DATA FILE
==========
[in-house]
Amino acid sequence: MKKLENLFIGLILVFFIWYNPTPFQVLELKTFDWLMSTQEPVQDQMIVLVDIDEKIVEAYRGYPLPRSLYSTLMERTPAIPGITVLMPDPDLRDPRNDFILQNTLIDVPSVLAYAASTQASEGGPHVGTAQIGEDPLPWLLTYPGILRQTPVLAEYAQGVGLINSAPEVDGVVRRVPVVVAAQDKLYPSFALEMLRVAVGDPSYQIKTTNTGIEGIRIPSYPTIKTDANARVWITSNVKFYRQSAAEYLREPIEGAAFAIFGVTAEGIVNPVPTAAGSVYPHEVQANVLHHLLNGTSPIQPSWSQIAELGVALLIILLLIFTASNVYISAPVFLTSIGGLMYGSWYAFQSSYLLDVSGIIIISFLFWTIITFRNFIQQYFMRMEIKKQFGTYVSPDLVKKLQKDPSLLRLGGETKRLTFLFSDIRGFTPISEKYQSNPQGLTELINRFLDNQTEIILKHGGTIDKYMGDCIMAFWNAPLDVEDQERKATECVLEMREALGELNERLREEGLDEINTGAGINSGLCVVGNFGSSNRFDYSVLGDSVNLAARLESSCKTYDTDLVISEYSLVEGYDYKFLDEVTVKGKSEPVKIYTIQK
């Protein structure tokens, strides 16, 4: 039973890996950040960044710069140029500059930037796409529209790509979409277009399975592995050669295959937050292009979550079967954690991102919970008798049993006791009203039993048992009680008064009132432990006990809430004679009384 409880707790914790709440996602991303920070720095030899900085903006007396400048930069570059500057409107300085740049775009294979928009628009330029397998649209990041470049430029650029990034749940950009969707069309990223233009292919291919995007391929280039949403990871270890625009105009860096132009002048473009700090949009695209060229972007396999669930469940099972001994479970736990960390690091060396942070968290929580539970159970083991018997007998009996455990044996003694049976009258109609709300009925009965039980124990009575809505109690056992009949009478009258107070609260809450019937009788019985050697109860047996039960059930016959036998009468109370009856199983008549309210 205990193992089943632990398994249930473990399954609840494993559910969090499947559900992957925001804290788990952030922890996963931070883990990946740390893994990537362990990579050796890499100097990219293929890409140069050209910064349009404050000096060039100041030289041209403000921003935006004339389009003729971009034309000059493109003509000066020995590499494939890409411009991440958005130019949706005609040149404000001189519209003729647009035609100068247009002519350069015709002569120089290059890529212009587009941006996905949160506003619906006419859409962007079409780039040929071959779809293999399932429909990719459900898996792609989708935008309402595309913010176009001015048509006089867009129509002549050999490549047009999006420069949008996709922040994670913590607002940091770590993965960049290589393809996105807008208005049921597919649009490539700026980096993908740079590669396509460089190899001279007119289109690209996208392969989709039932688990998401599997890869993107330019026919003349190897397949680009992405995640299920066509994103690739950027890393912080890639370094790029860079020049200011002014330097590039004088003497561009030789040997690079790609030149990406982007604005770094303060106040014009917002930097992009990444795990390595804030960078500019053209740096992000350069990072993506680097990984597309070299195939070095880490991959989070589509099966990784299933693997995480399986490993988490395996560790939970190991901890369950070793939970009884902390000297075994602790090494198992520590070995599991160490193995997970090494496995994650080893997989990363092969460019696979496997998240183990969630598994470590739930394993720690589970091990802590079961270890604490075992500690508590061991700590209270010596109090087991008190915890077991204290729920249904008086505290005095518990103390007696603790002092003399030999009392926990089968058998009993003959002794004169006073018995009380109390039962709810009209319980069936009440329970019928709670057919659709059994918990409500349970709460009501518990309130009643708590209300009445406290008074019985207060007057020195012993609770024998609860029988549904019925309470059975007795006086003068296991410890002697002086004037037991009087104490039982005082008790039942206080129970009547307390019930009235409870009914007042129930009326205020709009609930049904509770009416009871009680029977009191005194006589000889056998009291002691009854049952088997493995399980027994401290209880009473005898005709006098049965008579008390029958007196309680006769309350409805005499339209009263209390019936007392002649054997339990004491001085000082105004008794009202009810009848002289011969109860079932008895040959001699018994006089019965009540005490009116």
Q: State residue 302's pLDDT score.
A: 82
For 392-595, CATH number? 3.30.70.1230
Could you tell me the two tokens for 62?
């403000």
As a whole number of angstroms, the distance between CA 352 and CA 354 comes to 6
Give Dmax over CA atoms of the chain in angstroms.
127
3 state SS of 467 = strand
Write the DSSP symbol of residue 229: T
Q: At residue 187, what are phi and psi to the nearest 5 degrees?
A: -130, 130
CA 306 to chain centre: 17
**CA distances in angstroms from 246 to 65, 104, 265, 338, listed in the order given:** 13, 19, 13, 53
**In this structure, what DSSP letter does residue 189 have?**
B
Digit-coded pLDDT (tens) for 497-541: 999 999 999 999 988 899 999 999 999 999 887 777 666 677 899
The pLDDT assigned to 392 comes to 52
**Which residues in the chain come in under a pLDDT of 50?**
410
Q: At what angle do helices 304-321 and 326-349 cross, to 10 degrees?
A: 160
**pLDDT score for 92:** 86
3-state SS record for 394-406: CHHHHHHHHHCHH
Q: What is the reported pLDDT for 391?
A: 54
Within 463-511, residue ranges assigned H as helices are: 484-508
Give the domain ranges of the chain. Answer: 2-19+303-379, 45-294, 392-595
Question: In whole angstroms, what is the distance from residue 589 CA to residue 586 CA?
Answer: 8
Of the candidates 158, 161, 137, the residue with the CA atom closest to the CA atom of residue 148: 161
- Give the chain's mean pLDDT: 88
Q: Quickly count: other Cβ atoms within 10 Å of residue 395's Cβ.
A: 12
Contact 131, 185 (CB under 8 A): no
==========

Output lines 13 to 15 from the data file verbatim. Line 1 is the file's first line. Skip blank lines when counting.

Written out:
Write the DSSP symbol of residue 229: T
Q: At residue 187, what are phi and psi to the nearest 5 degrees?
A: -130, 130